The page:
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May 09, 1986 - Image 34

Resource type:
Text
Publication:
The Detroit Jewish News, 1986-05-09

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34. Friday, May 9, 1986

THE DETROIT JEWISH NEWS

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Continued from preceding page

37911 GRAND RIVER AVE., FARMINGTON HILLS

Kristol demands."
Murray Friedman con-
tributes to the search for a
new Jewish political consen-
sus not so much as a theoreti-
cian — he tends to confine his
personal commentary to
questioning the conventional
liberal "wisdom" of the
Jewish advocacy groups and
stating his preference for cer-
tain neo-conservative alter-
natives — so much as in his
timely exposure of the stale
rigidities of Jewish positions
given emerging political real-
ities. He is acutely aware of
chasms developing between
Jewish leaders and the Jew-
ish rank and file, and between

the stated positions of organ-
ized American Jewry and
new priorities of the general
American electorate.

Whether organized Ameri-
can Jewry will ultimately em-
brace the political program of
the neo-conservatives whom
Friedman admires or evolve
something different, perhaps
even a "neo-liberalism," re-
mains to be seen. Meanwhile,
Friedman's contribution has
advanced the debate beyond
the pages of the intellectual
journals and into the forums
of American Jewish organiza-
tional life, where his probity
is justifiably respected. ❑

Jewish Refugees
Are Almost Forgotten

BY JEFF BLACK
Jerusalem — The fate of the
Palestinians living in Israel's
administered territories is the
topic of many a debate and news-
paper report, and yet one never
hears about the Jewish refugees.
In 1948, when the State of Is-
rael was established, an esti-
mated 856,000 Jews lived in
Arab countries. Nearly 30 years
later, only 25,850 remained, the
majority having found refuge
from Arab persecution in Israel.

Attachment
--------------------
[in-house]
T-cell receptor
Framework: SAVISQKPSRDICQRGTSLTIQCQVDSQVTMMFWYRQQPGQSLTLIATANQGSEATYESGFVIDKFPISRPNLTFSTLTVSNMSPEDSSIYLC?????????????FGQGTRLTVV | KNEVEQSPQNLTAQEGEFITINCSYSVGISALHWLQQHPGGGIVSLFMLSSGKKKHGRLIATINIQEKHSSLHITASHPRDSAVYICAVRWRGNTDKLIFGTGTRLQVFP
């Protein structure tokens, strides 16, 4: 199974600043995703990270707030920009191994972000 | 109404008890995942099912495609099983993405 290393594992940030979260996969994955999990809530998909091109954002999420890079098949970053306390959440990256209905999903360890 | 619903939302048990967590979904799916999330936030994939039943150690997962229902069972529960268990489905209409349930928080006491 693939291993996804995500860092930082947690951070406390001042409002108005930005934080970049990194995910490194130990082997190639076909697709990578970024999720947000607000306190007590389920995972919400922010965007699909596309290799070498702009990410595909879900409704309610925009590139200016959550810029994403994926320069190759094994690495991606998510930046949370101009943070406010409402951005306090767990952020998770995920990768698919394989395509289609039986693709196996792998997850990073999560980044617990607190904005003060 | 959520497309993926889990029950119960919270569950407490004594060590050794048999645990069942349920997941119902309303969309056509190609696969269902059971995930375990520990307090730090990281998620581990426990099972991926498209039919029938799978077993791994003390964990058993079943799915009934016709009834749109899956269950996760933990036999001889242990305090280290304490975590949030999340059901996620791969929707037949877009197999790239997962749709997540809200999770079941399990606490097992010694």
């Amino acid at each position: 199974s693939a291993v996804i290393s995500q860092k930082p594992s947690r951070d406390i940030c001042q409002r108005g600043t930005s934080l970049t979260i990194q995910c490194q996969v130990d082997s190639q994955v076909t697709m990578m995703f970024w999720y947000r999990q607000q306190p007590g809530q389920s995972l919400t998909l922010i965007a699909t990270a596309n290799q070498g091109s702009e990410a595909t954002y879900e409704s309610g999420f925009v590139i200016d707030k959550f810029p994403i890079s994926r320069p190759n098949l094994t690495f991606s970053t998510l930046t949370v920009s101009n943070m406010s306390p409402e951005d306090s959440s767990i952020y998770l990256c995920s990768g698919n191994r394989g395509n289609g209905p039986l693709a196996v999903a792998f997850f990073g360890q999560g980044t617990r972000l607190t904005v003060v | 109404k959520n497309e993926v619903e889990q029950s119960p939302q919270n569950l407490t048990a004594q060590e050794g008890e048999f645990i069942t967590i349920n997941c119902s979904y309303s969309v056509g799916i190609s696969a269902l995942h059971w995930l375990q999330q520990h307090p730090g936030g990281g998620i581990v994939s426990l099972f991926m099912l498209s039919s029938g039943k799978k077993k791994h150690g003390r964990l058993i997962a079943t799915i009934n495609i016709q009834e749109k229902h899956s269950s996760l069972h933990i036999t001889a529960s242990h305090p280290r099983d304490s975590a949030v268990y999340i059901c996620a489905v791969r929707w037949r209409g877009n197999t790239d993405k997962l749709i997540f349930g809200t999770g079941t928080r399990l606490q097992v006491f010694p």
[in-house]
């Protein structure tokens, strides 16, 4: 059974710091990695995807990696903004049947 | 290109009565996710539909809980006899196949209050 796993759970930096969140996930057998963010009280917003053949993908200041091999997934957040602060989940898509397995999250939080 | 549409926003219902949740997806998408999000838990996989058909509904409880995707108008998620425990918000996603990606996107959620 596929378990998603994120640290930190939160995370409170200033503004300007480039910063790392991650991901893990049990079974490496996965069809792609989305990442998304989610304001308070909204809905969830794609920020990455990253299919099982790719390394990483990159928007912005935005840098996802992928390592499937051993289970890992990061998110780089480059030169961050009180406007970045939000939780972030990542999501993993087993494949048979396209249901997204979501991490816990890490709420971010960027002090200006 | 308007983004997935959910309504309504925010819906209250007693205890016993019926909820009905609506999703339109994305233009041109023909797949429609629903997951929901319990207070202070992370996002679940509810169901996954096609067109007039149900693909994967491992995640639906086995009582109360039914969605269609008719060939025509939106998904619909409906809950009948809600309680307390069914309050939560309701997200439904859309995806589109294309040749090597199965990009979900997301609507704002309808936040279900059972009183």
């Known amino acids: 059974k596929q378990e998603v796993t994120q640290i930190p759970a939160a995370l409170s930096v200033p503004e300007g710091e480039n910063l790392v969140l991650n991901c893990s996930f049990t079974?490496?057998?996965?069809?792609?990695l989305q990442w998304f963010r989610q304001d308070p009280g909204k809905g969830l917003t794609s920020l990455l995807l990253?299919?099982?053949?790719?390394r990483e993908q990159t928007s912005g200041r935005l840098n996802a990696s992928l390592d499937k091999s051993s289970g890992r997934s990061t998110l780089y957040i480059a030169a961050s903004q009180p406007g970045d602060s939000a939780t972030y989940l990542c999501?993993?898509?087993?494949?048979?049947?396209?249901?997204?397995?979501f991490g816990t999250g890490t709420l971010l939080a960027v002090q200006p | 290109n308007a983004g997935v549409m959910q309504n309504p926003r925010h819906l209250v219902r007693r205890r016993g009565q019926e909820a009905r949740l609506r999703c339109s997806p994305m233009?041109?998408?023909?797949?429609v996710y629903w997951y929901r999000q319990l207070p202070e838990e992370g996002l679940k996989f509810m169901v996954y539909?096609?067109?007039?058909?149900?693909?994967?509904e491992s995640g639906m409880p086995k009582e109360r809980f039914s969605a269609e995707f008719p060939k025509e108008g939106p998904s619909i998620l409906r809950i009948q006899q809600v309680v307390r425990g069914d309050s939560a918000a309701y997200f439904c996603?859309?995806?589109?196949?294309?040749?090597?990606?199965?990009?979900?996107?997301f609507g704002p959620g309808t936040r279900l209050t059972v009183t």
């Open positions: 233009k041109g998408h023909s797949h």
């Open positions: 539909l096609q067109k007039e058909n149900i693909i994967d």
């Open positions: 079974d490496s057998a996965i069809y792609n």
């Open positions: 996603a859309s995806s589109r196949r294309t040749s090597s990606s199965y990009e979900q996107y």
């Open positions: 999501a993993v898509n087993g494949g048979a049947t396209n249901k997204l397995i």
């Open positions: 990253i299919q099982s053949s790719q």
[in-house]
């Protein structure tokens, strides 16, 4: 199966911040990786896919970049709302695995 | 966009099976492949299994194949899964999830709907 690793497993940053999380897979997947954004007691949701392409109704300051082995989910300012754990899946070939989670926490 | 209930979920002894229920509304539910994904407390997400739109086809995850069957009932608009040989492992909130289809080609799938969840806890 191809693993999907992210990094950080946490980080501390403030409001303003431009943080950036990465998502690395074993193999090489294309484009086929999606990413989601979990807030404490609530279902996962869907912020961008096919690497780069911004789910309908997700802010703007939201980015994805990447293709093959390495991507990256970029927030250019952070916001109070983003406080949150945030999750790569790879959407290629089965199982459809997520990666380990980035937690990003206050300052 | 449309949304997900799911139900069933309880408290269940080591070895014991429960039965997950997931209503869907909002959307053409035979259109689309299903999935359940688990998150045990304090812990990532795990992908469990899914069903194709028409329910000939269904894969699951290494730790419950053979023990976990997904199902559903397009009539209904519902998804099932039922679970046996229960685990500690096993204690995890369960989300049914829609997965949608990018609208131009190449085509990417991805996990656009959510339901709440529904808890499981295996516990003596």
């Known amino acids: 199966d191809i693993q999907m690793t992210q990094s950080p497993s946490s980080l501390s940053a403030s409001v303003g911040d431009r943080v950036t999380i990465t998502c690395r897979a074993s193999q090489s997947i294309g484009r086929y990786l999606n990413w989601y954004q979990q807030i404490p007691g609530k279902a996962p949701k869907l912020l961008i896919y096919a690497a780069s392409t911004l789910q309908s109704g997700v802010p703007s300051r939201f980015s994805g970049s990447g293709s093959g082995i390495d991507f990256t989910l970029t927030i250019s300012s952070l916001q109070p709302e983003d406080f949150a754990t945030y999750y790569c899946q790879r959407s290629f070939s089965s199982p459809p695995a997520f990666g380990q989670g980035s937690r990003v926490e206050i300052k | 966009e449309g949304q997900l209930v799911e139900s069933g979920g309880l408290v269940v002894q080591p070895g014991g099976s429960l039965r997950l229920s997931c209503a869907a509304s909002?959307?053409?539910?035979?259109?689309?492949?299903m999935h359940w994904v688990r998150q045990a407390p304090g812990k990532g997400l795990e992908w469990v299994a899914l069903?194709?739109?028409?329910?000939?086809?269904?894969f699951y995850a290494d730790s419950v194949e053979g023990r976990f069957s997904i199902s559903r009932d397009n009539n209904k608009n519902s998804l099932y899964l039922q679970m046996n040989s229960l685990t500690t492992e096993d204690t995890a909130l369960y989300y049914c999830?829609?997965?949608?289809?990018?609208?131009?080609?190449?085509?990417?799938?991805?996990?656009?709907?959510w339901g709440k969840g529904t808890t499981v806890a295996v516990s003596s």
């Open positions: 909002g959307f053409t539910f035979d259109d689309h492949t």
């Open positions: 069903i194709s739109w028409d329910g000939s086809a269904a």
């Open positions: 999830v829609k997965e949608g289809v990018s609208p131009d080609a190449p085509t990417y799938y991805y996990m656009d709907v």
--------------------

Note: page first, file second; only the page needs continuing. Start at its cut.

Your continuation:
By the same token, the number of
Arab refugees "created" (that is
to say, those who left their homes
temporarily in the hope that
when they returned, the Jewish
State would have been annihi-
lated by the invading Arab ar-
mies), numbered around 600,000.
The reason one does not read or
hear about Jewish refugees is
simply because the Jewish State
absorbed these people into its
midst, in spite of the fact that the
young country was poor and lack-
ing in natural resources and
plagued by economic difficulties.
Not only that, but the Jews who
had been forced to leave Arab
lands had no choice but to leave
their public and private. property,
thus arriving in Israel without
any means of their own.
As a result of this tremendous
exodus, Israel's population dou-
bled itself within thiee years and
many new immigrants spent
their initial period in Israel in
transit camps. These camps
housed thousands of people, often
crammed into a small space
where shelter consisted of tin
huts, tents, shacks made of
cardboard or whatever materials
were available. Despite the hard-
ships, a solution to the Jewish
refugee problem had been found.
Arab refugees, however, have
not been so fortunate. In spite of
the fact that the number of Arabs
who left their homes in 1948
comprised less than two percent
of the total Arab population in
the area, no Arab country came
to their aid. The Arab leaders
saw the political potential of
maintaining the Palestinians as
refugees ad so no effort to help
absorb these people was made. As
Ralph Galloway, the head of

United Nations Relief and Works
Agency said in 1958, "The Arab
states do not want to solve the
refugee problem. They want to
keep it as an open sore, as an af-
front to the United Nations, and
as a weapon against Israel. Arab
leaders do not give a damn
whether Arab refugees live or
die."
Israel, on the other hand, ac-
cepted 108,000 Arabs back into
her territory in 1948 while
50,000 others have since come to
live in Israel under a family reu-
nion plan. In addition to this, Is-
rael has so far allocated $120 mil-
lion to improve the economy and
social services of Palestinian
Arabs living in the administered.
areas.
In order to counteract the mis-
leading impression that only
Arab refugees exist, and in order
to defend the rights of former
Jewish refugees, an organization
named WOJAC (World Organ-
ization of Jews from Arab -Coun-
tries) was established in Novem-
ber 1975. The organization has
published booklets and pam-
phlets, which provide accounts of
the suffering and torment of Jews
from Arab countries, and how the
price they had to pay for their
freedom was abandonment of all
their wealth and personal pos-
sessions.
In 1977, WOJAC's present
chairman of the Executive Board,
Mordechai Ben-Porat, a former
Israeli Cabinet Minister, ad-
dressed the UN General Assem-
bly where he stressed that the
refugee problem caused by the
events of 1948 was not one-sided,
and that in reality a de facto
population exchange had oc-
curred. This has been recognized
by many world leaders, including
former U.S. President Jimmy
Carter. At a press conference in
1977, Carter said, "Of course the
Palestinians have rights . . .
naturally, there are also Jewish
refugees . . . they have the same
rights as others."
WOJAC is proposing to hold an
international conference later
this year.

World Zionist Press Service •

N

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